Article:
Cameron Green has overcome a painful pre-Ashes scare in the Indian Premier League semi-final before his exciting IPL adventure was finally ended in Ahmedabad.
Mumbai Indians’ star Aussie allrounder was for a while on Friday at the centre of worrying scenes at the Narendra Modi Stadium when he was struck in the arm by a short, sharp 146kph ball from Hardik Pandya in the second over, which forced him to retire hurt during their defeat against Gujarat Titans.
But amid fevered speculation that he might have suffered a break close to his elbow after the blow proved so powerful that it appeared to leave an imprint on his forearm close to his elbow, there was relief for all Australian observers as Green was passed fit to return to the crease at the fall of a later wicket.
Thankfully, Green didn’t look in too much discomfort when he returned to clout a couple of sixes but when finally bowled for 30 off 20 balls by Josh Little, his impressive IPL debut season was done and dusted, along with that of all the Australian contingent at this year’s edition.
Ultimately, it was the new superstar Shubman Gill who completely stole the show from Mumbai’s last three Australians left in the tournament – Green, Tim David and Jason Behrendorff – with a matchwinning century that stamped his place as the new darling of the Indian game.
Behrendorff and Green went for 63 wicketless runs between them and David’s one major unfortunate contribution was to drop Gill at mid-on when he was on 30.
Green also dropped a difficult return chance off the man he’ll soon be facing in the World Test Championship final.
They proved difficult chances, but were extraordinarily costly misses.
For by the time David did finally catch him, Gill had motored elegantly to 129, including 10 effortless sixes and seven fours off just 60 balls, in what was one of the landmark innings the league has witnessed. In front of 75,000 enthralled fans too.
His third ton of the season propelled reigning champions Titans to 3-233 off their 20 overs, which never looked attainable after fast bowler Mohit Sharma also went to work, taking 5-10.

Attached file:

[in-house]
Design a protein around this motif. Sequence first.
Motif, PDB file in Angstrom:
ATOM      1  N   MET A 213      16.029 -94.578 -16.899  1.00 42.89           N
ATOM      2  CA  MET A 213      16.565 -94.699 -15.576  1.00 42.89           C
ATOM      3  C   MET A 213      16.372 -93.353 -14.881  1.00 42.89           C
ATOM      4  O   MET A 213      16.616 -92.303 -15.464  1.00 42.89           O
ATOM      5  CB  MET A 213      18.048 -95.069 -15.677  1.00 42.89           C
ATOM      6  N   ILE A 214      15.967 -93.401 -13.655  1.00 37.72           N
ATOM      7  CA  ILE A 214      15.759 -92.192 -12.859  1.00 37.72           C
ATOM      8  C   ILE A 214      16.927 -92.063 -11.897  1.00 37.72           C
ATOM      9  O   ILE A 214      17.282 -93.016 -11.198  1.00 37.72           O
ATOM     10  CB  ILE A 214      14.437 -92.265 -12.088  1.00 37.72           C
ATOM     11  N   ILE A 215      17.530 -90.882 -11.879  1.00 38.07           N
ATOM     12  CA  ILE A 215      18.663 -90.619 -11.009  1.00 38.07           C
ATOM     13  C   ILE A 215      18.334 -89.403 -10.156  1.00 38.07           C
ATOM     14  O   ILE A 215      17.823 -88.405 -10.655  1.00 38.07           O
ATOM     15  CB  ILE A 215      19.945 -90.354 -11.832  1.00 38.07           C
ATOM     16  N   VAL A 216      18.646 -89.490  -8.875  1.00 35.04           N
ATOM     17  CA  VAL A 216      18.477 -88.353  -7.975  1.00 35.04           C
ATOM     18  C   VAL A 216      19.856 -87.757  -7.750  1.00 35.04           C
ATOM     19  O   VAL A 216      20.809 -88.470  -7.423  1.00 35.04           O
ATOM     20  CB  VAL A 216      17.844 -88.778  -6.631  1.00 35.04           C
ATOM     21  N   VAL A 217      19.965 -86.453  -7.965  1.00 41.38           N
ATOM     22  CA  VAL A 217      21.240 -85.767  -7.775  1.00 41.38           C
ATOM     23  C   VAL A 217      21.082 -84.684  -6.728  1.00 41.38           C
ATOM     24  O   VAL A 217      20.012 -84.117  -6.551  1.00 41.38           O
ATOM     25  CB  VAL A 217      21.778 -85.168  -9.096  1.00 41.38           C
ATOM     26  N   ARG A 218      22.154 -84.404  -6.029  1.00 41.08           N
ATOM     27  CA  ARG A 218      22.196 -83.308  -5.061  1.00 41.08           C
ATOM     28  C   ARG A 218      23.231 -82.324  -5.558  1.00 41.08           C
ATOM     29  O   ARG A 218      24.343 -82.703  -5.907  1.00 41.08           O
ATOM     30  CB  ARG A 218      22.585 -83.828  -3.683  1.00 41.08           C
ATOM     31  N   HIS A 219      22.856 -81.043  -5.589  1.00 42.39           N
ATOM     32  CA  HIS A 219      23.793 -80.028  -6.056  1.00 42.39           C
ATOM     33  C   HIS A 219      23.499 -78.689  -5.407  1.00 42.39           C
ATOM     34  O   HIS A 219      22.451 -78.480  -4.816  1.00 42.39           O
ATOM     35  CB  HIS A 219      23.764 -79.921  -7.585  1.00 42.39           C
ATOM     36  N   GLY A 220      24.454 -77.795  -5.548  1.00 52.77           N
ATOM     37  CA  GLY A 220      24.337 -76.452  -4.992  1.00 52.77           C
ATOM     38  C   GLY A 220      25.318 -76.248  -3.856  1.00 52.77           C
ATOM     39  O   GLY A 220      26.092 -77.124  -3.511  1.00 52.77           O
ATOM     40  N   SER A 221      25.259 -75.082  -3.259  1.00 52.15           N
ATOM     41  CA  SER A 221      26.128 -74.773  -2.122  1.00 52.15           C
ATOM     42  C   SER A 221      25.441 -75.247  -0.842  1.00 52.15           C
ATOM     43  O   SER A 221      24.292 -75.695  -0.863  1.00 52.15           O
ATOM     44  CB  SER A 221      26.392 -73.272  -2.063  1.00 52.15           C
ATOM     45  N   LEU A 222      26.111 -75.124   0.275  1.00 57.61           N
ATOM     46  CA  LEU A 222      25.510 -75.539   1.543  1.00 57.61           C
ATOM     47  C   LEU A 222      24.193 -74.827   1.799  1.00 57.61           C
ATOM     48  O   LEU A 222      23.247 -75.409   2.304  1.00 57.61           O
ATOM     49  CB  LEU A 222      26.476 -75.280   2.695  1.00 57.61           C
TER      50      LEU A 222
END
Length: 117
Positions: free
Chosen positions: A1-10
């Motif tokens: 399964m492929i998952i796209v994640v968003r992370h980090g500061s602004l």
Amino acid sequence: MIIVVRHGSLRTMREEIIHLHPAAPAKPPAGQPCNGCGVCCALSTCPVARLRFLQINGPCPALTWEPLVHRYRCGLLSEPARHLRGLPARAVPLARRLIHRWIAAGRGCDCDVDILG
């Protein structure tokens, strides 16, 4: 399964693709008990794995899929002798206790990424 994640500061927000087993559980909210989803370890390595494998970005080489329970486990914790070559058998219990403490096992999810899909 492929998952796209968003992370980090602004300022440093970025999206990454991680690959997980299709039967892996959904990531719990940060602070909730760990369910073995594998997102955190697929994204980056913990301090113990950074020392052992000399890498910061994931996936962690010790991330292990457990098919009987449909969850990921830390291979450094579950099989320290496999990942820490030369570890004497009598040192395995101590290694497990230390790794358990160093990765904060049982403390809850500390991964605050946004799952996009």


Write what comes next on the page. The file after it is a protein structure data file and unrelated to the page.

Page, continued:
It gave Gujarat a 62-run win with 10 balls to spare and set up a final on Sunday against Chennai Super Kings on the same ground.
“The over I hit three sixes is where I felt it was my day,” Gill smiled. “I wanted to maximise scoring. Belief is more important. Helps when you’re coming off a good international season. This is my best innings so far in the IPL.”
Once Green returned for his second spell at the crease, his forearm covered with tape but still not wearing an arm guard, Mumbai still had some hope as the dazzling Suryakumar Yadav made 61 off 38, yet Sharma clean bowled him, ending their chances .
Healy could ditch opening role
Australia could be forced to blood an entirely new-look opening combination in next month’s women’s Ashes Test with Alyssa Healy seriously considering dropping down the order to manage workloads.
Healy has opened for Australia in the last three Tests dating back to 2019, taking on the role she has regularly occupied in the white-ball game.
But the vice-captain is wary of the impact keeping wicket will have on her in Test cricket.
Also on Healy’s mind is she was dismissed for a pair in her last Test against England in Canberra, on both occasions to the now-retired Katherine Brunt.
“I have given it a lot of thought. And it has been up for discussion for a little bit of time,” Healy told AAP.
“In the last Test match, look I put my hand up and I wanted to do it. It was my decision to open the batting and I thought it would be a great place to bat.
“I probably underestimated the work I would have to do in the field, not having to do that all the time.
“I thoroughly enjoyed it, and if the time comes and they want me to open, okay great. “But I’d happily slide down to the middle and whack a Dukes ball around.”
Healy is the only player in the men’s or women’s game to wicketkeep and open the batting on a regular basis, with the last being Kamran Akmal for Pakistan in 2007.
Asked if her preference was to now drop down the order and bat at No.6 or No.7 like she did when she debuted in Test cricket, Healy said that was the case.
“It was tough. I’m not trying to have a cop out, but it was really tough mentally to open and keep,” Healy said.
“Knowing what the conditions could potentially be like in England, the Dukes ball swings around a little bit longer.
“The chances behind the stumps are going to be really important. So doing that job well will be my priority.
“And wherever I have to slot in with the bat, that will be great.”
Healy is aware the decision will be a long-term one, with Australia to play three Tests in the next eight months and a new opening combination already looming following Rachael Haynes’ retirement last year.
Beth Mooney is favoured to step up and take Haynes’ spot at Trent Bridge on June 22 when the Test matches open the multi-format Ashes series having filled in at the top previously.
Rising star Phoebe Litchfield would then be an option to make her Test debut opening after an impressive start to her international white-ball career last summer.
Ashes countdown: Days to go …
The number of Ashes Tests played by England’s legendary swing bowler, Sydney Barnes, who managed to dismiss Aussie batters 106 times from 1901-12.
On This Day …
May 27 – Don Bradman set yet another record on the 1938 Ashes tour when he brought up his 1000th first-class run for the season during a century in a tour game against Hampshire, beating the mark set the previous year by Walter Hammond by one day.